Tsawwassen Power Line Boondoggle

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Hardly Shocking: Tsawwassen Power Line Boondoggle
by Damien Gillis
According to this past weekend's cover story in the Province, the Campbell Government's brilliant plan to sell potentially cancer-causing homes to new families in Tsawwassen has proven a colossal failure.  This section of the community, along 53A St., is described by Kent Spencer in his article "High Voltage, Low Sales" (not available in full online) as a "ghost town," where entire blocks of houses now sit vacant.

104 homes were purchased by the Campbell Government over a year ago from former owners outraged by the government's ploughing of new high-voltage power lines through their backyards and over their lone high school. 
 
The 230,000-volt lines were double the power of the old ones they replaced - which residents had been told for years by BC Hydro would be coming down a few years ago and not replaced (those who would cast these folks as NIMBY's should bear this in mind).  
 
[For complete article reference links, please see original at The Common Sense Canadian here.]
 
Cancer Sale!

So far, only 28 out of 104 homes have sold - which should come as no surprise at all.  Would you buy a home that could result in your child contracting leukemia?  Would you take that chance, even if you got a deal on the place, even if the science wasn't 100%?  Imagine someone saying, "Unless you can prove to me this will kill my child or give me ovarian cancer, well, I've got no problem with it." (It's a wonder, then, that even 28 homes have sold!)  Apparently building on the popular Sleep Country "Mismatched Mattress Sale", the Campbell Government has come up with a cutting-edge real estate promo: The Cancer Sale!   Donald Trump, take note.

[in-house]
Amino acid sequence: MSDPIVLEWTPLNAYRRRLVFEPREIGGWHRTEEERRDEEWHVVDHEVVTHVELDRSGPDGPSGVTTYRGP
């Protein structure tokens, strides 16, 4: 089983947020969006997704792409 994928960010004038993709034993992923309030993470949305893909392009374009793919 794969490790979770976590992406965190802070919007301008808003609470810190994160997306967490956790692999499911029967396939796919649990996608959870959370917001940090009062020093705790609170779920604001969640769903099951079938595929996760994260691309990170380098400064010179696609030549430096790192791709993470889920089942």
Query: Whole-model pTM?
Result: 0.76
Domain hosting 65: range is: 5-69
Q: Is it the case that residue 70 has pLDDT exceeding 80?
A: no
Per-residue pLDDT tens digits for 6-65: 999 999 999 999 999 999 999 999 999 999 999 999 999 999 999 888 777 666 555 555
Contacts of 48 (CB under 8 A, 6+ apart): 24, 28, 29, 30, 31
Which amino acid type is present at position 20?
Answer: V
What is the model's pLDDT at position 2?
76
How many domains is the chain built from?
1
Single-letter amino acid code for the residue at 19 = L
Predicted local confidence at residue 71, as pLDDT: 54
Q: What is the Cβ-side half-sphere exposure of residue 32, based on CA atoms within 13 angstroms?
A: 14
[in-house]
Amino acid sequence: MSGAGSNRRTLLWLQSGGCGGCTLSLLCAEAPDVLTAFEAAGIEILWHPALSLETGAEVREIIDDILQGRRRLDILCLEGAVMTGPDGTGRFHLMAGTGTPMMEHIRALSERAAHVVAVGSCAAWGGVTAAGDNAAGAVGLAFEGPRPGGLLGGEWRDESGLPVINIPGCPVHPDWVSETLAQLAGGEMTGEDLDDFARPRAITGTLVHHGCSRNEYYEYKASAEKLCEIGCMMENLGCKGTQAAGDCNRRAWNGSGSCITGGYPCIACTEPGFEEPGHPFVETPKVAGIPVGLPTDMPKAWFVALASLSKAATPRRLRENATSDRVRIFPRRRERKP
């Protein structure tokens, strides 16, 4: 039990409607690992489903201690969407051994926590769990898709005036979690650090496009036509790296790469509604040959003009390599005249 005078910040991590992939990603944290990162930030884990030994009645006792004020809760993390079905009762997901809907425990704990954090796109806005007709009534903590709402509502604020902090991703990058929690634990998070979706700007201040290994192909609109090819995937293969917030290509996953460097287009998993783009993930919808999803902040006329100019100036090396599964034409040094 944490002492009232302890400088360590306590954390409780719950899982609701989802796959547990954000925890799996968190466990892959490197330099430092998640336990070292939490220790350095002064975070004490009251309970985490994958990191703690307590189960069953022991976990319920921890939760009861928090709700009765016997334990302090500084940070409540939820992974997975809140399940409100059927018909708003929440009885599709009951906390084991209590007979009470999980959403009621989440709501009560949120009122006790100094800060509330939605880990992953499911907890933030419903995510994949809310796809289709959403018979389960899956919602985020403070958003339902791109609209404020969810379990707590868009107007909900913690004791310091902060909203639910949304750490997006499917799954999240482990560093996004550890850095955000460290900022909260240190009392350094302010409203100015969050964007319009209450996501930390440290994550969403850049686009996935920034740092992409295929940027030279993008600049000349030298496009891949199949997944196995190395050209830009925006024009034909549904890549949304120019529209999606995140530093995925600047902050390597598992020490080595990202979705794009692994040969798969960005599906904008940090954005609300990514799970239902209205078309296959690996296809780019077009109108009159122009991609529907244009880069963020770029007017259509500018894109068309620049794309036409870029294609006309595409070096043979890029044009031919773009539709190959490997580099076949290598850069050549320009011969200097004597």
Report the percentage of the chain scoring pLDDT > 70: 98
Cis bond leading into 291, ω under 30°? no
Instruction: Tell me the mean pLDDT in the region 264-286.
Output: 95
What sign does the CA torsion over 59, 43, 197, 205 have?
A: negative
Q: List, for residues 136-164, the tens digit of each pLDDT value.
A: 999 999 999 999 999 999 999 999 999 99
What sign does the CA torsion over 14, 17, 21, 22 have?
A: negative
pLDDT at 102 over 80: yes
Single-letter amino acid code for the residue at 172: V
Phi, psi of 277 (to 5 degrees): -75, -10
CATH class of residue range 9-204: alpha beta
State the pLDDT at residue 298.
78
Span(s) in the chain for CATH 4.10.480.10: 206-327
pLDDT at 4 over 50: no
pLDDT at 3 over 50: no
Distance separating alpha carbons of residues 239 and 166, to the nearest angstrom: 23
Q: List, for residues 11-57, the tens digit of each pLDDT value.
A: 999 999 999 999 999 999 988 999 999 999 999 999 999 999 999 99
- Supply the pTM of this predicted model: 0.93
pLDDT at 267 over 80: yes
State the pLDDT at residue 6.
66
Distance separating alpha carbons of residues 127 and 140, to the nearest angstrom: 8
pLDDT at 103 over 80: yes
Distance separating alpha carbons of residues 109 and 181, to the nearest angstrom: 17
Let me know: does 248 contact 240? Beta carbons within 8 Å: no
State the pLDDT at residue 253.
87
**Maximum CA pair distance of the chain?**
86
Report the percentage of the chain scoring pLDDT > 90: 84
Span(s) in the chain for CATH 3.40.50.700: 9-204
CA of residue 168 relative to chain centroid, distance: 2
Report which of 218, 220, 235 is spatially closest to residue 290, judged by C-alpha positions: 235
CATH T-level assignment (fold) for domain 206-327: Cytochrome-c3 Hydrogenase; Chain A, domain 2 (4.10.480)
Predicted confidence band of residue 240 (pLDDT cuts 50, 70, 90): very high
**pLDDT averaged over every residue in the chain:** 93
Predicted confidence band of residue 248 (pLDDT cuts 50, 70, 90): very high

2008: An Electric Summer

[In July 2008, citizens peacefully stood their ground as BCTC construction workers entered one Tsawwassen family's backyard to install a new power pole]

My experience with this issue dates back to two years ago, when I spent several months going back and forth on an almost weekly basis to sunny Tsawwassen (I say that with intended irony, in light of the pall that has been cast over this wonderful little town in recent years by Campbell & co.)  In those visits I attended and documented various community meetings, rallies, and blockades - interviewing distressed residents, and ultimately producing a short documentary on the subject entitled "Crossing the Lines". My colleague Rafe Mair also spoke at several big rallies and public meetings, in solidarity with the community.